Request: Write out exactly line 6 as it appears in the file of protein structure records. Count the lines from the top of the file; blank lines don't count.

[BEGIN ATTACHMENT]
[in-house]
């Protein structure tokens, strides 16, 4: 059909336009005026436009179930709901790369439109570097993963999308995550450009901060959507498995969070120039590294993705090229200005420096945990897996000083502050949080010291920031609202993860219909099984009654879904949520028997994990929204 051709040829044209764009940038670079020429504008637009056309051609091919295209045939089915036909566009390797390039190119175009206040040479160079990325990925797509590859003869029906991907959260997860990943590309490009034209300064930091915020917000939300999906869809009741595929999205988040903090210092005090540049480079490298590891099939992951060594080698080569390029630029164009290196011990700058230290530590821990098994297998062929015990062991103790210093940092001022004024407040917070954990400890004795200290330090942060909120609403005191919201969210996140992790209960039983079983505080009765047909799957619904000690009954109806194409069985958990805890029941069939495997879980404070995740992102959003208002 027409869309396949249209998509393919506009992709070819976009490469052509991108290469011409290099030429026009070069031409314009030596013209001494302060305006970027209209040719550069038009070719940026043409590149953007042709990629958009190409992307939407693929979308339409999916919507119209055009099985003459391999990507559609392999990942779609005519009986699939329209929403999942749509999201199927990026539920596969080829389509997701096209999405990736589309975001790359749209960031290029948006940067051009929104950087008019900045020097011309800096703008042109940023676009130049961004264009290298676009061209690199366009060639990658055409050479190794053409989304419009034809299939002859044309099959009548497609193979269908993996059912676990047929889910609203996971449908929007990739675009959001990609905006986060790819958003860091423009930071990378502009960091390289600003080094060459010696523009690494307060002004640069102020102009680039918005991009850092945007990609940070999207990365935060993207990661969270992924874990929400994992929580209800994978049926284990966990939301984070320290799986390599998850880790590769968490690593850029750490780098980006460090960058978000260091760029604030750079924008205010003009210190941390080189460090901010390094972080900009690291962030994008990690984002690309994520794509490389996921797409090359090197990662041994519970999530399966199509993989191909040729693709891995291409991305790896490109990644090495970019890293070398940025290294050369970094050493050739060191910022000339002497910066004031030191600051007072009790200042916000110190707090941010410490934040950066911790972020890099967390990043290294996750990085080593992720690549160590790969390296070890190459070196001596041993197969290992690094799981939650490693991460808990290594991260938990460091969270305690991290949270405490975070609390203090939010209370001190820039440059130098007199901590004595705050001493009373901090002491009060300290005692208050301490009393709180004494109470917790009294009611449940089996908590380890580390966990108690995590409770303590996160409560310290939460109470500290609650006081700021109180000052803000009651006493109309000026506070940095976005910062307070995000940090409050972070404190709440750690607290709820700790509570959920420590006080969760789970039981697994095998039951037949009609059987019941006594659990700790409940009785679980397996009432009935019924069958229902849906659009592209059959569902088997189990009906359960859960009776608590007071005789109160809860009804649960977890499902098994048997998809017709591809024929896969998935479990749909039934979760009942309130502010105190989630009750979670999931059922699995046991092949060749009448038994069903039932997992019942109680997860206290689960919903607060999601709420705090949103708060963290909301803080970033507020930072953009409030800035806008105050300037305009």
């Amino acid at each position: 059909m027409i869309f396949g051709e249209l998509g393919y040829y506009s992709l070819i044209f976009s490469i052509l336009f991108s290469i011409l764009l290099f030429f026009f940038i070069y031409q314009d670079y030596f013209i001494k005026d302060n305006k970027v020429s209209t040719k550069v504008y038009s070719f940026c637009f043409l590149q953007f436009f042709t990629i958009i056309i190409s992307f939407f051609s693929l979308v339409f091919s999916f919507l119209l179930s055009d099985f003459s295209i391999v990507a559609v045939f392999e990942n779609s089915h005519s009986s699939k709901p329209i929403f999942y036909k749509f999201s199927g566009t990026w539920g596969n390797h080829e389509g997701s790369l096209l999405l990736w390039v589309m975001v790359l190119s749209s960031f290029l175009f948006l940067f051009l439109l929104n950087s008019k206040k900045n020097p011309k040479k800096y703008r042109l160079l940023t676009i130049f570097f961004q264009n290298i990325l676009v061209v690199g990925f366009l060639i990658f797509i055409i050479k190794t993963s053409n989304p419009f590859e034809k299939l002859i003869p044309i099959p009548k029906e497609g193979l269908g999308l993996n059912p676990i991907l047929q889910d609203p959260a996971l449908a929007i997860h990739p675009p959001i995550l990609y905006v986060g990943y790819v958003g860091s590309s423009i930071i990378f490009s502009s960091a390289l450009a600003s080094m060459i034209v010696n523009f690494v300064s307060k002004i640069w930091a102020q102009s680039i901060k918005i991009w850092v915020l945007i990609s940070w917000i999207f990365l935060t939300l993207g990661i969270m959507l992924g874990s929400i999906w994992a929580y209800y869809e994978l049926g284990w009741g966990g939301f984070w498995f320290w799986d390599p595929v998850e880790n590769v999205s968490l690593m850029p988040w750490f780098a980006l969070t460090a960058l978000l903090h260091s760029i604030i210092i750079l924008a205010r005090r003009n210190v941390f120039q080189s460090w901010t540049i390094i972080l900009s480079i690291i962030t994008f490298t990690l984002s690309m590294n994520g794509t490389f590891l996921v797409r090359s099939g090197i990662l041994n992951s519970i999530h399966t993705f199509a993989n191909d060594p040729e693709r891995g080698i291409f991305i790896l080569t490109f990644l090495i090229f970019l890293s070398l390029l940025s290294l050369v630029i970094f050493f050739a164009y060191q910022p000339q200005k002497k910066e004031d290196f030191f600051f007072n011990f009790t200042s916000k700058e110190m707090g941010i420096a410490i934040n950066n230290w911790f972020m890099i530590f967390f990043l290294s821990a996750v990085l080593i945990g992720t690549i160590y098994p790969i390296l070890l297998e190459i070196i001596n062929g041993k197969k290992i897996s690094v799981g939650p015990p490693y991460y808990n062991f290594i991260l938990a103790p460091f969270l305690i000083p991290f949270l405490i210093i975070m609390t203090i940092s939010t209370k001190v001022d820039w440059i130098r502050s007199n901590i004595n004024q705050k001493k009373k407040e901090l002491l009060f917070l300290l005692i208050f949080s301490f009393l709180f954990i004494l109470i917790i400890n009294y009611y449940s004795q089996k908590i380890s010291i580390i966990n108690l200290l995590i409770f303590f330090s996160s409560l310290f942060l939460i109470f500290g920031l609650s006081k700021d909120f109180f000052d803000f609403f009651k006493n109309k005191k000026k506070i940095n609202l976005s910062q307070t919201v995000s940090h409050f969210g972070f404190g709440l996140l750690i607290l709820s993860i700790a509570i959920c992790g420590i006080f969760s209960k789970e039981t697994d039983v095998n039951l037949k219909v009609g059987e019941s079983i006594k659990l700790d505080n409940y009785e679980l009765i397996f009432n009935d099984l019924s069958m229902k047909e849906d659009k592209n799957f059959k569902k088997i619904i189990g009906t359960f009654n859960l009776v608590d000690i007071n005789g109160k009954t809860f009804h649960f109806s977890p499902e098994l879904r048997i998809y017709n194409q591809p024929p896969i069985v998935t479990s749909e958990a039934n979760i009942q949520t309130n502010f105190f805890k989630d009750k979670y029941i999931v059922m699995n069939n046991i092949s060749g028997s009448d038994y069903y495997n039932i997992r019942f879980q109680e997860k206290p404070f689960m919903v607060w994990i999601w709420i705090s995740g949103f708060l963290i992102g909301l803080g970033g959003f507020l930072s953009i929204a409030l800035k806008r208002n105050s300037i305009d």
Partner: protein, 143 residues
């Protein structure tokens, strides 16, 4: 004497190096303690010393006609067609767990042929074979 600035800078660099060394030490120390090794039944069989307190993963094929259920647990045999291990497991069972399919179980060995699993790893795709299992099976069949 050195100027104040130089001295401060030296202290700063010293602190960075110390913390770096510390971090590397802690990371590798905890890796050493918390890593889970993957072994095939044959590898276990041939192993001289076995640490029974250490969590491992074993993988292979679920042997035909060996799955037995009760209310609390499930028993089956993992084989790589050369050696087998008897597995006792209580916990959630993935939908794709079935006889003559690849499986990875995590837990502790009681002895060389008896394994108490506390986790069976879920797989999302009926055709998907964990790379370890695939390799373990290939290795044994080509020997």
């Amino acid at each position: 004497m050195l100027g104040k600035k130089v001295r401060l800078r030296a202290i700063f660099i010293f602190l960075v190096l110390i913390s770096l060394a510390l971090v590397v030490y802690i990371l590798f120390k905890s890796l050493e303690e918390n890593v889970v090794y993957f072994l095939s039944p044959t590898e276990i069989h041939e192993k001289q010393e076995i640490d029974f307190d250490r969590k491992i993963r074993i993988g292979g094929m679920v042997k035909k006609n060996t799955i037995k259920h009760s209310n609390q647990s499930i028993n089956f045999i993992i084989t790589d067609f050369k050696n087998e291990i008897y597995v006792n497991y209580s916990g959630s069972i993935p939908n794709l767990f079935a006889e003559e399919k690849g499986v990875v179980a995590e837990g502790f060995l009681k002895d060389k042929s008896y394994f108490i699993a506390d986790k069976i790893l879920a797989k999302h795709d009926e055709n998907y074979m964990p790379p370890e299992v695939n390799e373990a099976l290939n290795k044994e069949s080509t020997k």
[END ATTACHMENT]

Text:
């Amino acid at each position: 004497m050195l100027g104040k600035k130089v001295r401060l800078r030296a202290i700063f660099i010293f602190l960075v190096l110390i913390s770096l060394a510390l971090v590397v030490y802690i990371l590798f120390k905890s890796l050493e303690e918390n890593v889970v090794y993957f072994l095939s039944p044959t590898e276990i069989h041939e192993k001289q010393e076995i640490d029974f307190d250490r969590k491992i993963r074993i993988g292979g094929m679920v042997k035909k006609n060996t799955i037995k259920h009760s209310n609390q647990s499930i028993n089956f045999i993992i084989t790589d067609f050369k050696n087998e291990i008897y597995v006792n497991y209580s916990g959630s069972i993935p939908n794709l767990f079935a006889e003559e399919k690849g499986v990875v179980a995590e837990g502790f060995l009681k002895d060389k042929s008896y394994f108490i699993a506390d986790k069976i790893l879920a797989k999302h795709d009926e055709n998907y074979m964990p790379p370890e299992v695939n390799e373990a099976l290939n290795k044994e069949s080509t020997k």